Friday, January 24, 2014

Dear Gwen: Month Sixty-Nine

Dear Gwen,
Today you are sixty-nine months old.  YOU ARE SO BIG!  January has been a busy month of “back to normal”: back to school and after-school club, back to piano lessons and karate, back to early mornings and weekly homework.  You have handled all of this quite well, and for the most part are very co-operative with the hectic parts of our routine.  I have had a realization in the past little while, which is that although you would happily tell me your preference for weekends would be to have one playdate after another, with social stimulation from dawn till dusk, that doesn’t actually make you happy when it happens.  This was a happy revelation, as I definitely prefer a quieter life.  Our new rule for weekends is, one thing per day.  This is working out marvellously for us all!

Shortly after heading back to school, we had a meeting with your teacher.  We’d had some concerns about your reports of getting time-outs at school.  While we are certainly not against time-outs, it worried us that we weren’t hearing about them from your teacher and had to rely only on your haphazard report of the situation.  We were also really curious about why you were getting time-outs, especially because your report card stated that ”Gwen finds sitting still and focusing on a task or discussion very difficult (…) She needs to be moving most of the time and finds it difficult to remain in her seat and work independently without interacting with others.”  My worrying questions were, first of all, were you getting time-outs for this inability to sit still?  And how was a sitting-still time-out meant to help improve your behaviour and your inability to sit still?  In any case, it was great to sit down with your teacher and get the straight story.  You are not getting nearly as many time-outs as I’d feared, and your teacher is now letting us know when they happen and why.  And most importantly, she presents these time-outs not as a punishment but just as an opportunity for you to calm your body before rejoining the activity.  She also told us that you are a very very bright child (not news to us, but I’m very happy to know that she knows it)!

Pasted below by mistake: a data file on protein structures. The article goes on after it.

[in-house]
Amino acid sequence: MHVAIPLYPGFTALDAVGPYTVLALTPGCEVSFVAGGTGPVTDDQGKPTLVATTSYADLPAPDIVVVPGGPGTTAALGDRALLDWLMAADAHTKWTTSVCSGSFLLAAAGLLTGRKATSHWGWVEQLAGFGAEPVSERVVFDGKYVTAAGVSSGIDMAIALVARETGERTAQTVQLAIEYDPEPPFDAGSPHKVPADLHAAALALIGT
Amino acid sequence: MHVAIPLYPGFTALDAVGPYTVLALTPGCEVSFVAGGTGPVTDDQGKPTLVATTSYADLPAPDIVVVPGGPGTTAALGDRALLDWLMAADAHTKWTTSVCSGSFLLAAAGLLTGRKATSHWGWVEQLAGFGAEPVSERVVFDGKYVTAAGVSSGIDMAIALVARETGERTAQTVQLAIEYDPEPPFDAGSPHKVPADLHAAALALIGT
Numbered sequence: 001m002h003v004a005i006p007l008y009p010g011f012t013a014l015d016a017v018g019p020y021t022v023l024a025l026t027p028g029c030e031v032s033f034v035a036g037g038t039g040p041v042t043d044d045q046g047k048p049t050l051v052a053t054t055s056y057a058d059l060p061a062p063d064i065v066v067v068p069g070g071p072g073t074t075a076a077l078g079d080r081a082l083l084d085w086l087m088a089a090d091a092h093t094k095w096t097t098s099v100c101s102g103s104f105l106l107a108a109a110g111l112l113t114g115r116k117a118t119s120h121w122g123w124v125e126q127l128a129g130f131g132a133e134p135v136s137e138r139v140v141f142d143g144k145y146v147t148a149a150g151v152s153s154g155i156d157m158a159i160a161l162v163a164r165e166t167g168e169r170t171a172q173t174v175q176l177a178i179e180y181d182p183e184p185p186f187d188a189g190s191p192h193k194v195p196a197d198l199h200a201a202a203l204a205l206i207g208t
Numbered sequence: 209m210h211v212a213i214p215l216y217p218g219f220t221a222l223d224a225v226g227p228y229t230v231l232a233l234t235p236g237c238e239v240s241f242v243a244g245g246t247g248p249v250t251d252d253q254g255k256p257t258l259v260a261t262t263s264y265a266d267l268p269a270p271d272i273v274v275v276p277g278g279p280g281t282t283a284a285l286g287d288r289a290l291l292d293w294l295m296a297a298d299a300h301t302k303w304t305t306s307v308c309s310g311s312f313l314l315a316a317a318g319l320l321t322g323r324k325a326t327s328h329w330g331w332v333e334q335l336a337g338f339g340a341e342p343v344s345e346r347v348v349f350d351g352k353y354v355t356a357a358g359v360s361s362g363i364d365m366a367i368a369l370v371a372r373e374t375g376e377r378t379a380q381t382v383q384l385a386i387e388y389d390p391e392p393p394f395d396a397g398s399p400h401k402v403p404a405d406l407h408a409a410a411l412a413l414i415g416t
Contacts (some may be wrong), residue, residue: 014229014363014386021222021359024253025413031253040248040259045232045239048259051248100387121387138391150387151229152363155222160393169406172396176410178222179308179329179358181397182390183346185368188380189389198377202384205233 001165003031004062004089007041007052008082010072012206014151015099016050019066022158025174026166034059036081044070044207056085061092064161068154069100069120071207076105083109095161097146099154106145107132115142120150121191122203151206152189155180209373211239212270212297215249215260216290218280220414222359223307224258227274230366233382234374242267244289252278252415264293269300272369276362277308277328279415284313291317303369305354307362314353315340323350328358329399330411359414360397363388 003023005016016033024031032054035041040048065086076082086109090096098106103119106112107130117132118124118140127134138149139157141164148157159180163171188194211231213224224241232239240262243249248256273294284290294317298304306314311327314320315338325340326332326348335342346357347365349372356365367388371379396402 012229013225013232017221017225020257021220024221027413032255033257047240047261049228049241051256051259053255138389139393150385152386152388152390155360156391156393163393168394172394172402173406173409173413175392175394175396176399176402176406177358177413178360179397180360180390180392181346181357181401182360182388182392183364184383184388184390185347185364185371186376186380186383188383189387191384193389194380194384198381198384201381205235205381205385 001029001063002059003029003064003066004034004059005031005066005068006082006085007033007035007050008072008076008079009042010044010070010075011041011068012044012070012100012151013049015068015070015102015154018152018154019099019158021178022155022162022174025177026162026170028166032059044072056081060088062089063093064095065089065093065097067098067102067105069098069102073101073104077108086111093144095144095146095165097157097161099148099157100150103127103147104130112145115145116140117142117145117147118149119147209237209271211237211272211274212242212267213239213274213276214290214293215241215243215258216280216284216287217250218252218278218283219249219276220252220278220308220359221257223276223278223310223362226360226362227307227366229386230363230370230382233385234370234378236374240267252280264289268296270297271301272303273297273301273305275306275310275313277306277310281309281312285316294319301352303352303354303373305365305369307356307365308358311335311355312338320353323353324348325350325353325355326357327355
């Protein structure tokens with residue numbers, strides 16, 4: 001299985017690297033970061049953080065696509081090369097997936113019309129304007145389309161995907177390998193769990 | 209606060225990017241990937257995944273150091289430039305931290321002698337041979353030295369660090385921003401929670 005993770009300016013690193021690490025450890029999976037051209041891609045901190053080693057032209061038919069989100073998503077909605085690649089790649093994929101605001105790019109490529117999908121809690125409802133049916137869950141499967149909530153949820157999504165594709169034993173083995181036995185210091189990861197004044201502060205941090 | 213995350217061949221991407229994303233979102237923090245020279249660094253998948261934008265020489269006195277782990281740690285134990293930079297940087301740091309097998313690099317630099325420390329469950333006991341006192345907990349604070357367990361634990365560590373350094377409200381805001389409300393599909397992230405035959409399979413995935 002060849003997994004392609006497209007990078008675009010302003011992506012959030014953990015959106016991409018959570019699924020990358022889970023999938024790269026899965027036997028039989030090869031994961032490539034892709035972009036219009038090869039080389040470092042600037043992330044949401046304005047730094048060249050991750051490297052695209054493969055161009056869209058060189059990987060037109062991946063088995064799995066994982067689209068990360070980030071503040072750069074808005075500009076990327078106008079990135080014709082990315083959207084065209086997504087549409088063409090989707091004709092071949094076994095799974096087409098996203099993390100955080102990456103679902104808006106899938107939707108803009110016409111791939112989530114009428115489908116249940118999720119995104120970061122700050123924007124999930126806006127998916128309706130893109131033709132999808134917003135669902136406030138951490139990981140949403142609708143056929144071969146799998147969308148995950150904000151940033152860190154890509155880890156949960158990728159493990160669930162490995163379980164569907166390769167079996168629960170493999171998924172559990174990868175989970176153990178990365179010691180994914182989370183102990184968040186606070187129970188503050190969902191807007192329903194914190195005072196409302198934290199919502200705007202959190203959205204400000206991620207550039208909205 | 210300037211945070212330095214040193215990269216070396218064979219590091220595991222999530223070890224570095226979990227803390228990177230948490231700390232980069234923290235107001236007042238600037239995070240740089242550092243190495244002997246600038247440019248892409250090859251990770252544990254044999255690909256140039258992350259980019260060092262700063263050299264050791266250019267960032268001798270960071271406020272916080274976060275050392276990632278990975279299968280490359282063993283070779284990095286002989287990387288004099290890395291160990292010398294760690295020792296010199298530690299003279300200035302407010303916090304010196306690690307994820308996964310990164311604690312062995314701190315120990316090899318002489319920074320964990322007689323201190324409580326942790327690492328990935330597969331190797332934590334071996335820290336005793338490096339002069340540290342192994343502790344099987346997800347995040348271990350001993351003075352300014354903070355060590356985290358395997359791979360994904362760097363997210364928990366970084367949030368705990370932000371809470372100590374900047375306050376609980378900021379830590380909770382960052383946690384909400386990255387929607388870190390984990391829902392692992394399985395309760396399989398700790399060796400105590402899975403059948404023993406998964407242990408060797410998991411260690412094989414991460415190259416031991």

One thing your teacher mentioned that surprised me a bit was when she said, “Gwen just loves, loves, loves, LOVES, LOVES to sing.”  I was really not sure where that sentence was going – loves to talk? Loves to count? Loves to dance? Loves storytime? Loves art? – so many possibilities, but it never occurred to me that “loves to sing” would be the result.  I guess you sing a lot more at school than you do at home.  That said, you recently learned a song at school that you sang first for your dad in the car ride home, and then for me when you arrived, and it is AWESOME.  It’s called “Canada in My Pocket” and it’s about the pictures on the different coins we use.  Or, to use the song lyrics:

I’ve got Canada in my pocket, a little bit of history
A penny and a nickel and a quarter and a dime mean a lot to you and me
It’s not just pocket money, they’re the symbols of our land
With pictures of important things for which this country stands.

There are four lengthy verses, one about each coin, with details about the picture and how it relates to Canada’s history.  And in between each verse, that lovely chorus.  AND YOU KNOW EVERY SINGLE WORD.  You can sing the whole thing flawlessly, without faltering, and with a fair bit of vocal style.  It is completely fantastic to witness.  I really hope I can catch your performance on video!